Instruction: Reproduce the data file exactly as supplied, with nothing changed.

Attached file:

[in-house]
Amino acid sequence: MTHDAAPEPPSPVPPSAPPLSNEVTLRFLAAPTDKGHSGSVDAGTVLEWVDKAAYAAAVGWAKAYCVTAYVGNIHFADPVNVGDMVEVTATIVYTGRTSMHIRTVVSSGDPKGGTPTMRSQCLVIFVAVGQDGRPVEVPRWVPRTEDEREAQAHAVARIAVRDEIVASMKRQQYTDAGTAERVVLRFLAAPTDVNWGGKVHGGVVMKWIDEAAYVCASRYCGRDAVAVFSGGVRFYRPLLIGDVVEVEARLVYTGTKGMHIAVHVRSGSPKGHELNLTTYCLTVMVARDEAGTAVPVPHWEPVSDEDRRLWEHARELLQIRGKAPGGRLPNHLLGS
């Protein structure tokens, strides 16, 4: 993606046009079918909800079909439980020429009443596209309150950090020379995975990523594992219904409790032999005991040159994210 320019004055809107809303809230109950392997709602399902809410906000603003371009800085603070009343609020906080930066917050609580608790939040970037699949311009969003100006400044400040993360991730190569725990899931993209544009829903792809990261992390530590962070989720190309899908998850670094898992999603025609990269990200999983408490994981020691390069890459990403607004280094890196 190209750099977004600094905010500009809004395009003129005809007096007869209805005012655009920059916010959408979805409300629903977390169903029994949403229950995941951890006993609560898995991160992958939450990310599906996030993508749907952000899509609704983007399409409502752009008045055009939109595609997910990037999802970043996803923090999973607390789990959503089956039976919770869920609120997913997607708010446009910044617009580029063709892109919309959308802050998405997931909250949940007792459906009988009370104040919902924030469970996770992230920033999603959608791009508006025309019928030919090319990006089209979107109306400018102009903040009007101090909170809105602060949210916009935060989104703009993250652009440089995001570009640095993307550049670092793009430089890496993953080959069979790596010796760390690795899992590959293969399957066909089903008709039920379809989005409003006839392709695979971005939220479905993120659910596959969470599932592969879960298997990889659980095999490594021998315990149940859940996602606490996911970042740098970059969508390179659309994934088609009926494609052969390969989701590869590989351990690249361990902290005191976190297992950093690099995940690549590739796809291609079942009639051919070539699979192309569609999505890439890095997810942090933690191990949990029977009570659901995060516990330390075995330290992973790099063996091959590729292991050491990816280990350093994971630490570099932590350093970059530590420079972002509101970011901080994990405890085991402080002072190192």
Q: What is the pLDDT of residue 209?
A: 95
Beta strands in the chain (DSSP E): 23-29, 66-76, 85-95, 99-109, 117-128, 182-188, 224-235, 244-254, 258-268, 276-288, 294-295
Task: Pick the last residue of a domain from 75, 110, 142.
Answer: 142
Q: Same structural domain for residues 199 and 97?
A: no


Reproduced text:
[in-house]
Amino acid sequence: MTHDAAPEPPSPVPPSAPPLSNEVTLRFLAAPTDKGHSGSVDAGTVLEWVDKAAYAAAVGWAKAYCVTAYVGNIHFADPVNVGDMVEVTATIVYTGRTSMHIRTVVSSGDPKGGTPTMRSQCLVIFVAVGQDGRPVEVPRWVPRTEDEREAQAHAVARIAVRDEIVASMKRQQYTDAGTAERVVLRFLAAPTDVNWGGKVHGGVVMKWIDEAAYVCASRYCGRDAVAVFSGGVRFYRPLLIGDVVEVEARLVYTGTKGMHIAVHVRSGSPKGHELNLTTYCLTVMVARDEAGTAVPVPHWEPVSDEDRRLWEHARELLQIRGKAPGGRLPNHLLGS
């Protein structure tokens, strides 16, 4: 993606046009079918909800079909439980020429009443596209309150950090020379995975990523594992219904409790032999005991040159994210 320019004055809107809303809230109950392997709602399902809410906000603003371009800085603070009343609020906080930066917050609580608790939040970037699949311009969003100006400044400040993360991730190569725990899931993209544009829903792809990261992390530590962070989720190309899908998850670094898992999603025609990269990200999983408490994981020691390069890459990403607004280094890196 190209750099977004600094905010500009809004395009003129005809007096007869209805005012655009920059916010959408979805409300629903977390169903029994949403229950995941951890006993609560898995991160992958939450990310599906996030993508749907952000899509609704983007399409409502752009008045055009939109595609997910990037999802970043996803923090999973607390789990959503089956039976919770869920609120997913997607708010446009910044617009580029063709892109919309959308802050998405997931909250949940007792459906009988009370104040919902924030469970996770992230920033999603959608791009508006025309019928030919090319990006089209979107109306400018102009903040009007101090909170809105602060949210916009935060989104703009993250652009440089995001570009640095993307550049670092793009430089890496993953080959069979790596010796760390690795899992590959293969399957066909089903008709039920379809989005409003006839392709695979971005939220479905993120659910596959969470599932592969879960298997990889659980095999490594021998315990149940859940996602606490996911970042740098970059969508390179659309994934088609009926494609052969390969989701590869590989351990690249361990902290005191976190297992950093690099995940690549590739796809291609079942009639051919070539699979192309569609999505890439890095997810942090933690191990949990029977009570659901995060516990330390075995330290992973790099063996091959590729292991050491990816280990350093994971630490570099932590350093970059530590420079972002509101970011901080994990405890085991402080002072190192």
Q: What is the pLDDT of residue 209?
A: 95
Beta strands in the chain (DSSP E): 23-29, 66-76, 85-95, 99-109, 117-128, 182-188, 224-235, 244-254, 258-268, 276-288, 294-295
Task: Pick the last residue of a domain from 75, 110, 142.
Answer: 142
Q: Same structural domain for residues 199 and 97?
A: no